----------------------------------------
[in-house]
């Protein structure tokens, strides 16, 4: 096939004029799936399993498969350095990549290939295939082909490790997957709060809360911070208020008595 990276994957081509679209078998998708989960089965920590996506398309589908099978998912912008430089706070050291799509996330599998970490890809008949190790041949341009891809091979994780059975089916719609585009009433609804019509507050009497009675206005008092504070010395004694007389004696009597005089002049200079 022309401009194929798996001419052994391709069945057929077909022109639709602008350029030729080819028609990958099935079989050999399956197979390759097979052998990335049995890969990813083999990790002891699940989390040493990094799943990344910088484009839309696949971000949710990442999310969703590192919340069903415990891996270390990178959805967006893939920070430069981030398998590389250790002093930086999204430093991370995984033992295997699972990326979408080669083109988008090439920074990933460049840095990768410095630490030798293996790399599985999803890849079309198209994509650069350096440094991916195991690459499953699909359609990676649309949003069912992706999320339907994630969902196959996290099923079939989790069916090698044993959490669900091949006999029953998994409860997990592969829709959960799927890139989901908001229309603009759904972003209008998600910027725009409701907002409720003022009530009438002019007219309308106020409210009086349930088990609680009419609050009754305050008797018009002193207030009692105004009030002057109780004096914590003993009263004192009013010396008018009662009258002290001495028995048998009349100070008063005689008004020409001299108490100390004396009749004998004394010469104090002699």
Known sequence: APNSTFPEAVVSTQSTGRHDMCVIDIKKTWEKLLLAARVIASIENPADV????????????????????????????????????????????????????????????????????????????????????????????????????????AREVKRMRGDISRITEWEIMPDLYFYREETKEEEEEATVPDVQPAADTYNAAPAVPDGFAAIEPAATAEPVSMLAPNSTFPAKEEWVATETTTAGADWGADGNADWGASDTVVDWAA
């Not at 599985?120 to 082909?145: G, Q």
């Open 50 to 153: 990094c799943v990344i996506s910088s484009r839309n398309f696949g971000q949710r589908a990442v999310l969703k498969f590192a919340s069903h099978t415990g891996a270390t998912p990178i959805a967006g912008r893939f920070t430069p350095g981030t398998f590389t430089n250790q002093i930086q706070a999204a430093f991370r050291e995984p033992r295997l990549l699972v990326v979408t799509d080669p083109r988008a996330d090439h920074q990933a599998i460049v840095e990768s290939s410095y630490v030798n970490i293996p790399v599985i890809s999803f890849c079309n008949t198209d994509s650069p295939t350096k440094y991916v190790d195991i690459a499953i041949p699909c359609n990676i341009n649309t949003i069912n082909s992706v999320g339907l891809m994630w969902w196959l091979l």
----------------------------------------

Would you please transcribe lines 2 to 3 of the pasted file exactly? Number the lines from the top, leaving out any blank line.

């Protein structure tokens, strides 16, 4: 096939004029799936399993498969350095990549290939295939082909490790997957709060809360911070208020008595 990276994957081509679209078998998708989960089965920590996506398309589908099978998912912008430089706070050291799509996330599998970490890809008949190790041949341009891809091979994780059975089916719609585009009433609804019509507050009497009675206005008092504070010395004694007389004696009597005089002049200079 022309401009194929798996001419052994391709069945057929077909022109639709602008350029030729080819028609990958099935079989050999399956197979390759097979052998990335049995890969990813083999990790002891699940989390040493990094799943990344910088484009839309696949971000949710990442999310969703590192919340069903415990891996270390990178959805967006893939920070430069981030398998590389250790002093930086999204430093991370995984033992295997699972990326979408080669083109988008090439920074990933460049840095990768410095630490030798293996790399599985999803890849079309198209994509650069350096440094991916195991690459499953699909359609990676649309949003069912992706999320339907994630969902196959996290099923079939989790069916090698044993959490669900091949006999029953998994409860997990592969829709959960799927890139989901908001229309603009759904972003209008998600910027725009409701907002409720003022009530009438002019007219309308106020409210009086349930088990609680009419609050009754305050008797018009002193207030009692105004009030002057109780004096914590003993009263004192009013010396008018009662009258002290001495028995048998009349100070008063005689008004020409001299108490100390004396009749004998004394010469104090002699």
Known sequence: APNSTFPEAVVSTQSTGRHDMCVIDIKKTWEKLLLAARVIASIENPADV????????????????????????????????????????????????????????????????????????????????????????????????????????AREVKRMRGDISRITEWEIMPDLYFYREETKEEEEEATVPDVQPAADTYNAAPAVPDGFAAIEPAATAEPVSMLAPNSTFPAKEEWVATETTTAGADWGADGNADWGASDTVVDWAA